VOLPE:So this is what I love. This is why I love to be the leader of this organization. Someone just asked me the other day, ”How do you know how to do this?” And I said, “Well, really, I run this organization like how I ran my classroom,” which is essentially about building a beautiful community together, right? And so the reason why we’re able to live, [and] we do really live and breathe, these core values is, first, we created them together, right? It’s kind of like with your classroom, if you’ve got older children you sit down and you make your agreements, right? You sit down together and make your… you know, some people call them rules. I never called them rules. “This is our way of being together. How are we going to do this together?”
And so there’s buy-in because, first of all, everyone creates them and they aren’t just posted on the wall. We use them. This is how we design our work in the community. Our programs are built on this. So for example, you mentioned the book Grit, and the work of Angela Duckworth. So we teach consciously about grit to our teachers and to our parents, so we have our parents understanding what a growth and fixed mindset is. So on some level these are built into everything that we do, both with our partners and with ourselves. And we’ll weigh actions that we’re choosing to do. We’ll decide, “Are we going to go forward with this?” We weigh it against our core values, like, “How does this fit in?”
And so all of our team leaders care about these and believe in them. And so everyone is kind of operating… we always go back to this to these values. And they’re actually living in our building. We have this one room where we all make decisions. They’re life-sized, they’re a whole, entire wall. You have to make them. You infuse them and kind of everything you do when you weigh your actions and your decisions against these core values. And we also talk about people… we reflect here how we’ve exhibited these core values. Every week we not only talk about how we’re grateful, but what we’re proud of. “What were you particularly proud of, this week, having accomplished? And which core value does that relate to?” So people actually are always reflecting on these.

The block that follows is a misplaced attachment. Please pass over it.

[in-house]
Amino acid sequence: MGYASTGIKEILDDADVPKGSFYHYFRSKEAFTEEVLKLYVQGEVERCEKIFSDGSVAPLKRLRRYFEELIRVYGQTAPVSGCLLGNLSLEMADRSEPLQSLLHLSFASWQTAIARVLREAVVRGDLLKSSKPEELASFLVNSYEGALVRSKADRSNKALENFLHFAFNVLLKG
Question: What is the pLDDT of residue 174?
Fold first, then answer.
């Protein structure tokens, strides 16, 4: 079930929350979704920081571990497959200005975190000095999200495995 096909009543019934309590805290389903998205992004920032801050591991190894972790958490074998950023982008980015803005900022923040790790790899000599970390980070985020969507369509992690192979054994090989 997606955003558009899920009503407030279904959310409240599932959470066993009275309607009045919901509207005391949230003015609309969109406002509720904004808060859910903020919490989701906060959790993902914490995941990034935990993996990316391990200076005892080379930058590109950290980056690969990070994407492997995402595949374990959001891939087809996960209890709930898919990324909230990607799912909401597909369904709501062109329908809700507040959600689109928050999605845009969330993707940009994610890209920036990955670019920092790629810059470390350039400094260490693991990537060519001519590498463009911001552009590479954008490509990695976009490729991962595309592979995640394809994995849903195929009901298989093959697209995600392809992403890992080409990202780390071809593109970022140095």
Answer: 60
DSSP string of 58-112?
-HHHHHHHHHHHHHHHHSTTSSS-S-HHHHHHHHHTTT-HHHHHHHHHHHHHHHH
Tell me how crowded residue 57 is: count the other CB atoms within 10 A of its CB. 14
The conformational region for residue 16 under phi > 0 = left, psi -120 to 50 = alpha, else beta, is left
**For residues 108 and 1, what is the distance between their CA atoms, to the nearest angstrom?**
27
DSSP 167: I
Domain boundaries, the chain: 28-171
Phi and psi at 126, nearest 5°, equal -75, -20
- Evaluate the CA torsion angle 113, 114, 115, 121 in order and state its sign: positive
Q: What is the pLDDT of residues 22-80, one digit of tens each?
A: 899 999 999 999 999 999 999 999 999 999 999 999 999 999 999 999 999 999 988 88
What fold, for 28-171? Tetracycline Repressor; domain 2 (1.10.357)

And also people know that they’re living and breathing and we could change these. Because these could change, and we could say, “You know what? I think it should be this instead of that.” And the core values, we didn’t just decide, like, “Oh these are great things, let’s just write them down.” They were on some level already inherent in the way we were doing things. But it was important for me – for us – to articulate them so they could become this living, breathing culture, and really inform the culture of what we do at Make Way For Books, if that makes sense.